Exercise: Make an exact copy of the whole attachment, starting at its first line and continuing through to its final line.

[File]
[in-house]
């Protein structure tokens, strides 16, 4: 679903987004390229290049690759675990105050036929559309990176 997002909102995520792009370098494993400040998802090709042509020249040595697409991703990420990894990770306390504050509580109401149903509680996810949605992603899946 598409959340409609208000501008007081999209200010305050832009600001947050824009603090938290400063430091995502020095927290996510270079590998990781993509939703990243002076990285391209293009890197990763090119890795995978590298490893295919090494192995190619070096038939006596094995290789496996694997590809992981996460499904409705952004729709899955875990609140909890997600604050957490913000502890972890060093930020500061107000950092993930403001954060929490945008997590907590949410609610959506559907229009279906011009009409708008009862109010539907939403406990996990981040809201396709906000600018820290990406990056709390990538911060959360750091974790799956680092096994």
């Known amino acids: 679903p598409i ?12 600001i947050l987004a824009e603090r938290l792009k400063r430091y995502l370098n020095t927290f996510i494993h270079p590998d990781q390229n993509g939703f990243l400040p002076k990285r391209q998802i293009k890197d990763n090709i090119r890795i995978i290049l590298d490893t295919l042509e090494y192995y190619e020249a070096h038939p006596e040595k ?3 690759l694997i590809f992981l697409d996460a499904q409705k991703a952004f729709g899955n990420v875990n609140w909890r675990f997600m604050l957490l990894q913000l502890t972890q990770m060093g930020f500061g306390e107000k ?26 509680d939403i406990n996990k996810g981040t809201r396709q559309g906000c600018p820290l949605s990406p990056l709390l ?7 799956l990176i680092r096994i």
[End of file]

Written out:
[in-house]
């Protein structure tokens, strides 16, 4: 679903987004390229290049690759675990105050036929559309990176 997002909102995520792009370098494993400040998802090709042509020249040595697409991703990420990894990770306390504050509580109401149903509680996810949605992603899946 598409959340409609208000501008007081999209200010305050832009600001947050824009603090938290400063430091995502020095927290996510270079590998990781993509939703990243002076990285391209293009890197990763090119890795995978590298490893295919090494192995190619070096038939006596094995290789496996694997590809992981996460499904409705952004729709899955875990609140909890997600604050957490913000502890972890060093930020500061107000950092993930403001954060929490945008997590907590949410609610959506559907229009279906011009009409708008009862109010539907939403406990996990981040809201396709906000600018820290990406990056709390990538911060959360750091974790799956680092096994």
């Known amino acids: 679903p598409i ?12 600001i947050l987004a824009e603090r938290l792009k400063r430091y995502l370098n020095t927290f996510i494993h270079p590998d990781q390229n993509g939703f990243l400040p002076k990285r391209q998802i293009k890197d990763n090709i090119r890795i995978i290049l590298d490893t295919l042509e090494y192995y190619e020249a070096h038939p006596e040595k ?3 690759l694997i590809f992981l697409d996460a499904q409705k991703a952004f729709g899955n990420v875990n609140w909890r675990f997600m604050l957490l990894q913000l502890t972890q990770m060093g930020f500061g306390e107000k ?26 509680d939403i406990n996990k996810g981040t809201r396709q559309g906000c600018p820290l949605s990406p990056l709390l ?7 799956l990176i680092r096994i």